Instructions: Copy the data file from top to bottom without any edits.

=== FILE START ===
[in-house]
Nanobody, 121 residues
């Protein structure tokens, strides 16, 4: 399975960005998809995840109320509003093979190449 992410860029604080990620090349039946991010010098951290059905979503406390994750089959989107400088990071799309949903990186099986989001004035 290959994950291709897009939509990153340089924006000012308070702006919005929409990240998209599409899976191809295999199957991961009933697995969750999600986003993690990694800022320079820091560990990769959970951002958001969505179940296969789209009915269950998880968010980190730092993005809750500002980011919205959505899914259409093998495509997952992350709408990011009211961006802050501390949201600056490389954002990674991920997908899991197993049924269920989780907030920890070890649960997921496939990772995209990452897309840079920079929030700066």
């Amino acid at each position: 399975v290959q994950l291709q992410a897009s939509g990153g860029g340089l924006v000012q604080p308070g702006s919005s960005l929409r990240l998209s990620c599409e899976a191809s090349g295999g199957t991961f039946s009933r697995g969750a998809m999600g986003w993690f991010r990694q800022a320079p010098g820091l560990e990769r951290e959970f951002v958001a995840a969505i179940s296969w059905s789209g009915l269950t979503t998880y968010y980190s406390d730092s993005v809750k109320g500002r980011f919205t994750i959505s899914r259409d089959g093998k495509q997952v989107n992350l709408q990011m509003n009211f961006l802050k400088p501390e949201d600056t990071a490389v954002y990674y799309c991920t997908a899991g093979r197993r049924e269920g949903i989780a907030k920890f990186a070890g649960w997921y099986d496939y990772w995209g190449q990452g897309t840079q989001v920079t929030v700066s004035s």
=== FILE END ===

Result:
[in-house]
Nanobody, 121 residues
């Protein structure tokens, strides 16, 4: 399975960005998809995840109320509003093979190449 992410860029604080990620090349039946991010010098951290059905979503406390994750089959989107400088990071799309949903990186099986989001004035 290959994950291709897009939509990153340089924006000012308070702006919005929409990240998209599409899976191809295999199957991961009933697995969750999600986003993690990694800022320079820091560990990769959970951002958001969505179940296969789209009915269950998880968010980190730092993005809750500002980011919205959505899914259409093998495509997952992350709408990011009211961006802050501390949201600056490389954002990674991920997908899991197993049924269920989780907030920890070890649960997921496939990772995209990452897309840079920079929030700066």
């Amino acid at each position: 399975v290959q994950l291709q992410a897009s939509g990153g860029g340089l924006v000012q604080p308070g702006s919005s960005l929409r990240l998209s990620c599409e899976a191809s090349g295999g199957t991961f039946s009933r697995g969750a998809m999600g986003w993690f991010r990694q800022a320079p010098g820091l560990e990769r951290e959970f951002v958001a995840a969505i179940s296969w059905s789209g009915l269950t979503t998880y968010y980190s406390d730092s993005v809750k109320g500002r980011f919205t994750i959505s899914r259409d089959g093998k495509q997952v989107n992350l709408q990011m509003n009211f961006l802050k400088p501390e949201d600056t990071a490389v954002y990674y799309c991920t997908a899991g093979r197993r049924e269920g949903i989780a907030k920890f990186a070890g649960w997921y099986d496939y990772w995209g190449q990452g897309t840079q989001v920079t929030v700066s004035s």